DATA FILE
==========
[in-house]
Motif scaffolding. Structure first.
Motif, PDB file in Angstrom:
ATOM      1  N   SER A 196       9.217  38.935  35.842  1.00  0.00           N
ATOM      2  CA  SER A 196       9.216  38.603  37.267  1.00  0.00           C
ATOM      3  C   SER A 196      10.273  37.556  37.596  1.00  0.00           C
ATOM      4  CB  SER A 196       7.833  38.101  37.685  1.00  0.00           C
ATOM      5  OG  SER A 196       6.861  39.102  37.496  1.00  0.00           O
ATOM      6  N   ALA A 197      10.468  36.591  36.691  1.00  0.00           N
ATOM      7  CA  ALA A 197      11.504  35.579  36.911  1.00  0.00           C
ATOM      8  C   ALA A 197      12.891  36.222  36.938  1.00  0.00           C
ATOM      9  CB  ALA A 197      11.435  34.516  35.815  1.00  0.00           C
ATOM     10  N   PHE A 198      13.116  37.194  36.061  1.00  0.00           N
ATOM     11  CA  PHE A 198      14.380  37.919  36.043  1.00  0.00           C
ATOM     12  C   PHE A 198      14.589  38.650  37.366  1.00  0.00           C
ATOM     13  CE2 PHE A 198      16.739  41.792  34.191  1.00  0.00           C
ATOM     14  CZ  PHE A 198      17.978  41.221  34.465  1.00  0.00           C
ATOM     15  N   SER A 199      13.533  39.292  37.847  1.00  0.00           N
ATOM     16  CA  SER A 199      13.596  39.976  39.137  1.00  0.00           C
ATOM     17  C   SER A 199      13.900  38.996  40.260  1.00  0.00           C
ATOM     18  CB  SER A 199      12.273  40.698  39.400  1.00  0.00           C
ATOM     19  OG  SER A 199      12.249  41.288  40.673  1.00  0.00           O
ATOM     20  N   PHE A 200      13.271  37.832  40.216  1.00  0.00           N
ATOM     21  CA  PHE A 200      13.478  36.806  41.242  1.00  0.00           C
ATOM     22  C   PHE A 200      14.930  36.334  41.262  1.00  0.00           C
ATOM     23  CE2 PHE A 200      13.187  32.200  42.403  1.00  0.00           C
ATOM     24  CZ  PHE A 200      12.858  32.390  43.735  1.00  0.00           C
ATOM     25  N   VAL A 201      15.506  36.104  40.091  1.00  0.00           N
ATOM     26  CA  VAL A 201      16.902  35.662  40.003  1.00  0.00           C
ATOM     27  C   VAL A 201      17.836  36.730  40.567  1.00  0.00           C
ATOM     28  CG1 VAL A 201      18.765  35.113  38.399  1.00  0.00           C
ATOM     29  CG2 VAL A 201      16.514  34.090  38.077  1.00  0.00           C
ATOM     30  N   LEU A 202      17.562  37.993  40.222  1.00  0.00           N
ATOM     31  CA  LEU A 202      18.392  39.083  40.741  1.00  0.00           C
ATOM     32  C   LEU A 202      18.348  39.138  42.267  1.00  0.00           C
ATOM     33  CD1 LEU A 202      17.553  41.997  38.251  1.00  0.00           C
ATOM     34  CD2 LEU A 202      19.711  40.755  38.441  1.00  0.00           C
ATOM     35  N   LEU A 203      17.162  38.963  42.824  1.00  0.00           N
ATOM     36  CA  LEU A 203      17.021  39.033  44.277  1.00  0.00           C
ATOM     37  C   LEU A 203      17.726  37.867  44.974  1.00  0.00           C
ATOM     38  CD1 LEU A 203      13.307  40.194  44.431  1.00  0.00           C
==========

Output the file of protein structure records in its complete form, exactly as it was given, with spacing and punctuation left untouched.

[in-house]
Motif scaffolding. Structure first.
Motif, PDB file in Angstrom:
ATOM      1  N   SER A 196       9.217  38.935  35.842  1.00  0.00           N
ATOM      2  CA  SER A 196       9.216  38.603  37.267  1.00  0.00           C
ATOM      3  C   SER A 196      10.273  37.556  37.596  1.00  0.00           C
ATOM      4  CB  SER A 196       7.833  38.101  37.685  1.00  0.00           C
ATOM      5  OG  SER A 196       6.861  39.102  37.496  1.00  0.00           O
ATOM      6  N   ALA A 197      10.468  36.591  36.691  1.00  0.00           N
ATOM      7  CA  ALA A 197      11.504  35.579  36.911  1.00  0.00           C
ATOM      8  C   ALA A 197      12.891  36.222  36.938  1.00  0.00           C
ATOM      9  CB  ALA A 197      11.435  34.516  35.815  1.00  0.00           C
ATOM     10  N   PHE A 198      13.116  37.194  36.061  1.00  0.00           N
ATOM     11  CA  PHE A 198      14.380  37.919  36.043  1.00  0.00           C
ATOM     12  C   PHE A 198      14.589  38.650  37.366  1.00  0.00           C
ATOM     13  CE2 PHE A 198      16.739  41.792  34.191  1.00  0.00           C
ATOM     14  CZ  PHE A 198      17.978  41.221  34.465  1.00  0.00           C
ATOM     15  N   SER A 199      13.533  39.292  37.847  1.00  0.00           N
ATOM     16  CA  SER A 199      13.596  39.976  39.137  1.00  0.00           C
ATOM     17  C   SER A 199      13.900  38.996  40.260  1.00  0.00           C
ATOM     18  CB  SER A 199      12.273  40.698  39.400  1.00  0.00           C
ATOM     19  OG  SER A 199      12.249  41.288  40.673  1.00  0.00           O
ATOM     20  N   PHE A 200      13.271  37.832  40.216  1.00  0.00           N
ATOM     21  CA  PHE A 200      13.478  36.806  41.242  1.00  0.00           C
ATOM     22  C   PHE A 200      14.930  36.334  41.262  1.00  0.00           C
ATOM     23  CE2 PHE A 200      13.187  32.200  42.403  1.00  0.00           C
ATOM     24  CZ  PHE A 200      12.858  32.390  43.735  1.00  0.00           C
ATOM     25  N   VAL A 201      15.506  36.104  40.091  1.00  0.00           N
ATOM     26  CA  VAL A 201      16.902  35.662  40.003  1.00  0.00           C
ATOM     27  C   VAL A 201      17.836  36.730  40.567  1.00  0.00           C
ATOM     28  CG1 VAL A 201      18.765  35.113  38.399  1.00  0.00           C
ATOM     29  CG2 VAL A 201      16.514  34.090  38.077  1.00  0.00           C
ATOM     30  N   LEU A 202      17.562  37.993  40.222  1.00  0.00           N
ATOM     31  CA  LEU A 202      18.392  39.083  40.741  1.00  0.00           C
ATOM     32  C   LEU A 202      18.348  39.138  42.267  1.00  0.00           C
ATOM     33  CD1 LEU A 202      17.553  41.997  38.251  1.00  0.00           C
ATOM     34  CD2 LEU A 202      19.711  40.755  38.441  1.00  0.00           C
ATOM     35  N   LEU A 203      17.162  38.963  42.824  1.00  0.00           N
ATOM     36  CA  LEU A 203      17.021  39.033  44.277  1.00  0.00           C
ATOM     37  C   LEU A 203      17.726  37.867  44.974  1.00  0.00           C
ATOM     38  CD1 LEU A 203      13.307  40.194  44.431  1.00  0.00           C